How The Spiciness of Pepper Can Transform Your Life

On a warm spring day in the year 1665, a young curtain maker in the town of Delft was puzzling over a problem.

He was trying to figure out what made pepper taste spicy.

His assumption was that the pepper pieces had tiny hooks on them that pricked the tongue of the eater, causing the sensation of spiciness.

Wanting to see the hooks for himself, he soaked the peppercorns in water for several weeks to enlarge them.

Still unable to see the hooks, he got out his microscope, the one he had developed to see the quality of thread he was buying for his drapery business.

What he saw changed the course of his life forever

And the lesson he learned could change your life, too.

What Antonie van Leeuwenhoek saw under his microscope astonished him.

For, in that water, he saw not hooks on the edges of the pepper but rather at least four different kinds of living beings swimming around.

He was seeing, for the first time in human history, microorganisms.

The spiciness of pepper was quickly forgotten and the young draper instantly became the world’s first microbiologist.

He went on to become a world-renowned scientist and inventor, credited with the creation of over 500 lenses and 25 microscopes.

So why is this long-dead scientist of use to you… other than the obvious fact that his discoveries and inventions have aided science for almost 400 years?

Because what van Leeuwenhoek experienced that day was a turning point in his life; a moment in time when he made a decision to act on his biggest dreams.

You see, our young draper wasn’t terribly interested in fabric.

He was interested in optical lenses.

He has been experimenting with them for years before his momentous discovery.

Every successful person has a turning point. He has a time when he decides to commit fully to a vision for his life. 

Steve Jobs’ turning point came when he met Steve Wozniak in an electronics course and decided to focus on building computers.

Warren Buffett’s turning point came when he read the textbook, Security Analysis, by his professor Benjamin Graham. It has permeated his investing ever since.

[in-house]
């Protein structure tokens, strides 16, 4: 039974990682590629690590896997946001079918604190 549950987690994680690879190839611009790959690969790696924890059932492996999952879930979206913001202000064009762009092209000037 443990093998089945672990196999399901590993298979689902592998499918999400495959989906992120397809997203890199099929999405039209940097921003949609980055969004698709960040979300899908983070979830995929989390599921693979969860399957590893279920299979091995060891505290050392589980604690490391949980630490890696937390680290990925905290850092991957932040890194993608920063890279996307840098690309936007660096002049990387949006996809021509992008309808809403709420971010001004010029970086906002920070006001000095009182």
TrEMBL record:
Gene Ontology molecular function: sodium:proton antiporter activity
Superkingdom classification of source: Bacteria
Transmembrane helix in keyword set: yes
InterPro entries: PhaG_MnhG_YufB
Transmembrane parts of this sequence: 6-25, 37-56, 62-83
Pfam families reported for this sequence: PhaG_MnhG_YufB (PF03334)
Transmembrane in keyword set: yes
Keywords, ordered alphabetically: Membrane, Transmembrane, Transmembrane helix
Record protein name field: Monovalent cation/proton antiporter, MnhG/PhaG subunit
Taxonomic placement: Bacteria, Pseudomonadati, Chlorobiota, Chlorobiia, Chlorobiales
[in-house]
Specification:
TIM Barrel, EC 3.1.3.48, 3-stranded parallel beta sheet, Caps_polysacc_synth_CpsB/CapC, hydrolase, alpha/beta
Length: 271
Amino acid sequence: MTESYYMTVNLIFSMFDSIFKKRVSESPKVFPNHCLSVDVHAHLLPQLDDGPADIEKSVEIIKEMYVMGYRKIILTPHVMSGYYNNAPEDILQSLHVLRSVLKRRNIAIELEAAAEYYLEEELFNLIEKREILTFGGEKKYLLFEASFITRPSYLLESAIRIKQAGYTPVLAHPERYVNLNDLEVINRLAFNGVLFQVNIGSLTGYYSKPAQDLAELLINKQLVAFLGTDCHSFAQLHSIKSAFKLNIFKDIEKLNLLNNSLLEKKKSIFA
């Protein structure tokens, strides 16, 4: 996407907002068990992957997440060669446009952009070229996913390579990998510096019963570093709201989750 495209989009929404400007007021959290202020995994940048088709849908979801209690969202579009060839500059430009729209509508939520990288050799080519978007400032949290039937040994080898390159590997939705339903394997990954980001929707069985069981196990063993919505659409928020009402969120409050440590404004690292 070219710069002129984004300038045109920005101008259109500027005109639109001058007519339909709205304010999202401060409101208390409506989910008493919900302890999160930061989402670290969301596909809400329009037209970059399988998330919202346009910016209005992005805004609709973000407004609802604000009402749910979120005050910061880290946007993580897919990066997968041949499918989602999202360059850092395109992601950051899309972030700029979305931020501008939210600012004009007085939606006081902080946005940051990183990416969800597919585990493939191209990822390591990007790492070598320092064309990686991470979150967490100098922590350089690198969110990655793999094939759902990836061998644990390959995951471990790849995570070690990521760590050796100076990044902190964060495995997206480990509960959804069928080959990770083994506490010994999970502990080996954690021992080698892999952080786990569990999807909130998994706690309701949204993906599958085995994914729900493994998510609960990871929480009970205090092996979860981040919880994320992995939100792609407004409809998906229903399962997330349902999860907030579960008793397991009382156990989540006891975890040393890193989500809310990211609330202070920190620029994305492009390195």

My own turning point came on December 29th, 2006 when, in the middle of the Sedona desert, I decided to create my own vision for my life and write a plan to achieve it.

So, my question to you is…when will you have your turning point?

When will you commit fully to live your vision?

When is the day that you invest in yourself and give it all you’ve got to accomplish your biggest dreams?

Start today

Make today the one you look back on as the one that changed your life for the better.

If you need help getting started, check out The Simple Strategic Plan.

I created this DIY online course to help others develop their own vision and a plan to achieve it.

Laura Posey

About Laura Posey

Laura Posey is Chief Instigator at Simple Success Plans. Her driving mission is to show entrepreneurs how to double their business while taking more time out of the company to make a difference in the world. She is an avid traveler and is always looking to connect with readers around the world.

View all posts by Laura Posey →

6 Comments on “How The Spiciness of Pepper Can Transform Your Life”

  1. The point of your post is figuring out what you really want to do in life, but the course is about moving your business forward. That’s fine if you’re already doing what you want, but what if you’re not?